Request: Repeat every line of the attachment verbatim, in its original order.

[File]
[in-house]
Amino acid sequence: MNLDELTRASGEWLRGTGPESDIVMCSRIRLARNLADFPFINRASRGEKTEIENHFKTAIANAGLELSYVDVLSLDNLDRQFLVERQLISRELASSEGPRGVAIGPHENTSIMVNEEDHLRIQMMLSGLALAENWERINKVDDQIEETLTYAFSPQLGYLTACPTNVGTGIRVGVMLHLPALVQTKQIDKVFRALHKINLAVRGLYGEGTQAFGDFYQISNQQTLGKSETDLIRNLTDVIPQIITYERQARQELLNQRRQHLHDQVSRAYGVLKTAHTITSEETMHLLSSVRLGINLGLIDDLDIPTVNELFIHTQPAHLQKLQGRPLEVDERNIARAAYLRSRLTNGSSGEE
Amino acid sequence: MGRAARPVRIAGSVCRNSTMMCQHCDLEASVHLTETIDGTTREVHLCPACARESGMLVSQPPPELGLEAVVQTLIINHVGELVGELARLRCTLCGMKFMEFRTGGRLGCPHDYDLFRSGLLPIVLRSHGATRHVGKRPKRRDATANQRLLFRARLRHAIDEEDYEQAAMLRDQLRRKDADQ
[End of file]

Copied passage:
[in-house]
Amino acid sequence: MNLDELTRASGEWLRGTGPESDIVMCSRIRLARNLADFPFINRASRGEKTEIENHFKTAIANAGLELSYVDVLSLDNLDRQFLVERQLISRELASSEGPRGVAIGPHENTSIMVNEEDHLRIQMMLSGLALAENWERINKVDDQIEETLTYAFSPQLGYLTACPTNVGTGIRVGVMLHLPALVQTKQIDKVFRALHKINLAVRGLYGEGTQAFGDFYQISNQQTLGKSETDLIRNLTDVIPQIITYERQARQELLNQRRQHLHDQVSRAYGVLKTAHTITSEETMHLLSSVRLGINLGLIDDLDIPTVNELFIHTQPAHLQKLQGRPLEVDERNIARAAYLRSRLTNGSSGEE
Amino acid sequence: MGRAARPVRIAGSVCRNSTMMCQHCDLEASVHLTETIDGTTREVHLCPACARESGMLVSQPPPELGLEAVVQTLIINHVGELVGELARLRCTLCGMKFMEFRTGGRLGCPHDYDLFRSGLLPIVLRSHGATRHVGKRPKRRDATANQRLLFRARLRHAIDEEDYEQAAMLRDQLRRKDADQ